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Three Guys One Book: "You are not to turn away from The Story of A New Name if you haven't read the first novel . . . Eventually, you'll go back out of sheer absorption . . . and read My Brilliant Friend anyway."

Date: Oct 30 2013

This Europa release is Book Two of the Neapolitan Novels. I’d rather call it Book Two in the love/hate relationship between characters Elena and Lila.

I’m issuing a Three Guys fatwa that you are not to turn away from The Story of A New Name if you haven’t read the first novel, My Brilliant Friend, also reviewed on this site. You’ll soon be caught up in the new story even if you don’t know the background.

Besides, Europa provides a cast of characters list, describing family ties, between the roughly two dozen characters that mostly live in one hardscrabble neighborhood in Naples in the 1960’s. Eventually, you’ll go back out of sheer absorption in the Elena and Lila friendship and read My Brilliant Friend anyway.

Lila, in dire straits, has entrusted a metal box with eight notebooks of her memories to life-long friend, Elena. Elena was told not to open the box for any reason. As soon as Elena gets on her train, she opens the box.

This allows the novel to stay in first person with Elena who, because she has read Lila’s notebooks, is much less limited in what she knows. First person stories have an immediacy that can’t be matched. Opening the Pandora’s box solves the narrative problem of how Elena knows enough to carry the story forward.

Signora Raffaella Carracci: That’s Lila’s new name. It represents her desperate gamble to escape poverty, especially after her limited-means parents refuse to pay for the continuance of her education. Lila’s potentially the brightest student in her class but is left behind as hard grinding Elena moves forward in school and wins the plaudits that might have been Lila’s. Not that Elena’s family aren’t poor as well. But Lila’s family has even fewer resources.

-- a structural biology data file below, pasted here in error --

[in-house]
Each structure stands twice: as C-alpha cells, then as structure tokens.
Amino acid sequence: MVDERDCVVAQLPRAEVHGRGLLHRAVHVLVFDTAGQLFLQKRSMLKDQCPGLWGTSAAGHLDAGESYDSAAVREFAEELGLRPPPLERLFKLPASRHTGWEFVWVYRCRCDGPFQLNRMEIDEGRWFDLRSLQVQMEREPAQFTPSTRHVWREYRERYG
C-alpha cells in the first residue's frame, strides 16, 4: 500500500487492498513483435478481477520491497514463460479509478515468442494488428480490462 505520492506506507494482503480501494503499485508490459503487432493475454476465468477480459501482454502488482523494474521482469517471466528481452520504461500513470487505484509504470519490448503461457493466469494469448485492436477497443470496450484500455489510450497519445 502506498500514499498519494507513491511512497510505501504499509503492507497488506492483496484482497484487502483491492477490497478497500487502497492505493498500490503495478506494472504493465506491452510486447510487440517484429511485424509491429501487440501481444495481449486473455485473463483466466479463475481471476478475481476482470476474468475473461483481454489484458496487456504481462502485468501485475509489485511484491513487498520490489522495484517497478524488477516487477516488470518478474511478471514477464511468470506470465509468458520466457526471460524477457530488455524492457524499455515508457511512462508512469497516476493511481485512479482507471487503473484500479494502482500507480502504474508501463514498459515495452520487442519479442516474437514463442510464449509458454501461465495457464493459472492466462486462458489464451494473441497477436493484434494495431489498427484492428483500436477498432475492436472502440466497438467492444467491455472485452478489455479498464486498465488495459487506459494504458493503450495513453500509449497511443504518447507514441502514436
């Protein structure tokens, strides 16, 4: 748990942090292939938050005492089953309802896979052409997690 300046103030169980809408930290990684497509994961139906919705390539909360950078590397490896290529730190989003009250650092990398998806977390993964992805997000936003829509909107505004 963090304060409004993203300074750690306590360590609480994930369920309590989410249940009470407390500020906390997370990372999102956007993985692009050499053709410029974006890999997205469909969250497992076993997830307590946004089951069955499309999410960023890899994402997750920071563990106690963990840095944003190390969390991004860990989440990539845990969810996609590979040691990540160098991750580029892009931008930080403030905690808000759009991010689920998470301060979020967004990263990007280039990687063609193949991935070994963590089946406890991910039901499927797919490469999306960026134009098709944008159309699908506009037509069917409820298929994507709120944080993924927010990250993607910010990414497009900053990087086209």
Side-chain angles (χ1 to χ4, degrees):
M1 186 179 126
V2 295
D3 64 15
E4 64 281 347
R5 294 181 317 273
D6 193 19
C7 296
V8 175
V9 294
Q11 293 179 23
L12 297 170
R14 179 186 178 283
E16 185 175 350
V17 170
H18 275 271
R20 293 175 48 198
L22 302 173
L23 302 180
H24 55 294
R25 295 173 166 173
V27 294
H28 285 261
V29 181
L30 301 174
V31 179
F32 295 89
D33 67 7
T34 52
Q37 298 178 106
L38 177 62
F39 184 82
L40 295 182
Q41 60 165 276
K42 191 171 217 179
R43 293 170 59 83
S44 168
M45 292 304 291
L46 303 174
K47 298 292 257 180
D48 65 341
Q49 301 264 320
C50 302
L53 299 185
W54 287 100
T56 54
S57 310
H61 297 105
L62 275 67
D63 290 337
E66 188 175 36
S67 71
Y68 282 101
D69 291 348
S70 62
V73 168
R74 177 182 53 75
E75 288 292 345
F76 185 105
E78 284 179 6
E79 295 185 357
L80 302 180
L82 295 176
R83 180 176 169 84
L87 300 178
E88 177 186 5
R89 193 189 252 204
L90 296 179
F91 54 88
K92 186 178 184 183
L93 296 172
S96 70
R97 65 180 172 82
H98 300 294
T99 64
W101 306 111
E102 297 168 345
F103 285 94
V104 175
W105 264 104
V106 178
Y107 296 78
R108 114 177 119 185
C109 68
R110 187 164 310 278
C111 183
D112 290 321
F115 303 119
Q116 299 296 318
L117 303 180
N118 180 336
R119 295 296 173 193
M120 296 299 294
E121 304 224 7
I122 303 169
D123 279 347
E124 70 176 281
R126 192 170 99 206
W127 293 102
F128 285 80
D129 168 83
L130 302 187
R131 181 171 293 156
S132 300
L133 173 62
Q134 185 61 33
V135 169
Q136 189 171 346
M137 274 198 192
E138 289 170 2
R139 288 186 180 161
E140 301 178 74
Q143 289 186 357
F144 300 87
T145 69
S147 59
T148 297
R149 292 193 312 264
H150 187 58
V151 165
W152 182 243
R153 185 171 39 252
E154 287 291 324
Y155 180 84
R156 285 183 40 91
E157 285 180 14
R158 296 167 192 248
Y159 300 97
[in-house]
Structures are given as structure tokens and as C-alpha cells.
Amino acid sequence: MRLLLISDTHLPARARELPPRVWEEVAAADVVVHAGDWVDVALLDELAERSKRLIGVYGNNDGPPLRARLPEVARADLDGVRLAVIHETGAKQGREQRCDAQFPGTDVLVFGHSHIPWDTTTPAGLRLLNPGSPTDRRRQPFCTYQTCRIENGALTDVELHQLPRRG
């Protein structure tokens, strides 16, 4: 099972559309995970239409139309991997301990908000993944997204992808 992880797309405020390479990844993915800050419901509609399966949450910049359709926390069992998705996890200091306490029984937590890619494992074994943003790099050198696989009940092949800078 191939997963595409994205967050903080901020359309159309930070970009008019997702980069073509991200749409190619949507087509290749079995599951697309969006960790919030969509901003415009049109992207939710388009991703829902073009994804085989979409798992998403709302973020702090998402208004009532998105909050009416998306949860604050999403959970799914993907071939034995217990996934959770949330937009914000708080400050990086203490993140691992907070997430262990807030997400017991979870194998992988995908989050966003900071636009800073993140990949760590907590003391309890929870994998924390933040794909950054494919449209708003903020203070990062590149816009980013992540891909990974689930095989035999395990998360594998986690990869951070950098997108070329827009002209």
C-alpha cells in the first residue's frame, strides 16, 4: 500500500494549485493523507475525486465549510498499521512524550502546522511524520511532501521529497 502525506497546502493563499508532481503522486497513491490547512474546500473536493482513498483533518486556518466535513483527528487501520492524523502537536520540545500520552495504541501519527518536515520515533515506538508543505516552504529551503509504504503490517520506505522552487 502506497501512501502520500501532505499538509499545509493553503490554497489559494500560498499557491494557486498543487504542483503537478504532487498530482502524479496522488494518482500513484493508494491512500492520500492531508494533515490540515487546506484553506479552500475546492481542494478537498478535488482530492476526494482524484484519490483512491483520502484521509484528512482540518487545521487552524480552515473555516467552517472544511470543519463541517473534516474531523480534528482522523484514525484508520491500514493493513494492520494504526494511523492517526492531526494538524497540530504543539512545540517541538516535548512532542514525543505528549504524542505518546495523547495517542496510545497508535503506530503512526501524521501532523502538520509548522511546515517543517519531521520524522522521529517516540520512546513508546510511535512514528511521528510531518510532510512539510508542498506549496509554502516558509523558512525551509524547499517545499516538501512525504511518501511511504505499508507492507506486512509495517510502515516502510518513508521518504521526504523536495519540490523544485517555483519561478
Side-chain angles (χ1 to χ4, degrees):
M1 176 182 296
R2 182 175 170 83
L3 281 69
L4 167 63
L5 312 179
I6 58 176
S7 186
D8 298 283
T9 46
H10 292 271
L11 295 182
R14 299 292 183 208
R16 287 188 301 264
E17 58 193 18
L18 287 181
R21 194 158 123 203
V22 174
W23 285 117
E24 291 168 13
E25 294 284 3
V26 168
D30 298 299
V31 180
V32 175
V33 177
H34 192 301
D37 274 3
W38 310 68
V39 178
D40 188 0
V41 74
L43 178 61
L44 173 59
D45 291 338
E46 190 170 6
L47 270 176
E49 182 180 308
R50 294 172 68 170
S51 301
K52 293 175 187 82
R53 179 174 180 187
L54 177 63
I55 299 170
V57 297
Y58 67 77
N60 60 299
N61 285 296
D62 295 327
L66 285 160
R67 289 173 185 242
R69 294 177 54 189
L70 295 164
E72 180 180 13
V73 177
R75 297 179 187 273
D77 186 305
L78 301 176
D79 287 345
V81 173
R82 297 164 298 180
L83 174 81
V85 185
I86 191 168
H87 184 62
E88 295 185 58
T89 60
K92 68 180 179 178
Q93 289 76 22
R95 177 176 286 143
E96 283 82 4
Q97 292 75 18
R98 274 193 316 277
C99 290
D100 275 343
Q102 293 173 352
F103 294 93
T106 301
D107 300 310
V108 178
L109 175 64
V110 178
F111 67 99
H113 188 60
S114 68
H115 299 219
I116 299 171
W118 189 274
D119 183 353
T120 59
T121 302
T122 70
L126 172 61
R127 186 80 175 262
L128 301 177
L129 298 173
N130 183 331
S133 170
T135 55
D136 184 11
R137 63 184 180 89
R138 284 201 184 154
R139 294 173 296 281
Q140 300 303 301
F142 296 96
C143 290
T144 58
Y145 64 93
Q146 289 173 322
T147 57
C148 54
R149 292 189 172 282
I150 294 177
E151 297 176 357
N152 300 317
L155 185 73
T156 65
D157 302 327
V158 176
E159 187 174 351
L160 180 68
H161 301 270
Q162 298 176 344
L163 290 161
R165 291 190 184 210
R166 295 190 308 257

Lila’s marriage at sixteen caps My Brilliant Friend. In Story of a New Name we experience the rude cold shower of her marriage to grocery store owner, Stefano. From poverty Lila has moved into her neighborhood’s one percent. She has a beautiful apartment with clothes and jewelry to match but her chances to develop her mind and fulfill her heart are stamped out.

Lila on her wedding ring: “What have I done, she thought, dazed by wine, and what is this gold circle, this glittering zero I’ve stuck my finger in.”

Elena on her future: Is it possible that our parents never die, that every child inevitably conceals them in himself? Would my mother truly emerge from me, with her limping gait, as my destiny?

Writers store wisdom in their volumes like bees accrete honey. And because each writer’s wisdom is unique, you have to keep reading books to get at all the sweetness in literature. When reading, I feel like a bear raiding a hive.

Ferrante’s characters suffer great unhappiness in their quixotic attempts to live through others. Elena tries to find fulfillment by living inside her best friend, Lila. Elena acts like a coat on a rack that doesn’t come alive unless she is draped over her friends.

Her soul sister Lila is presented to the reader in a barrage of new outfits, new looks. For Lila, clothes and a hairstyle can be weapons to express her dissatisfaction with her life.

Lila, as volatile as she is, fights not to remain in stasis. The outfits change, not Lila. She’s like an animal being flayed alive in an illegal trap.

Elena stays drab. It’s all she can afford. But it’s Elena who manages to find release.

Cutting herself off from emotional dependence, from the old ties, Elena starts living for herself. It sounded selfish to me when I was reading about this decisive shift in Elena. But it saves her life.

Ferrante sends us a clear signal of the change in Elena when she moves out of her parents’ apartment in Naples to go to Pisa to attend university.

Lila, in contrast, moves many more times than Elena. But in all those frantic moves she never strays that far from the old neighborhood.

It’s almost as if Elena becomes so independent that you feel she is about to walk off the page and leave her old friends behind. Do friendships ever survive such stress and rupture? If this friendship was a bridge, would it collapse?

There’s one more Neapolitan novel to come from Europa Editions and Elena Ferrante. Then we’ll finally find out what happens to Elena and Lila.

-Dennis Haritou

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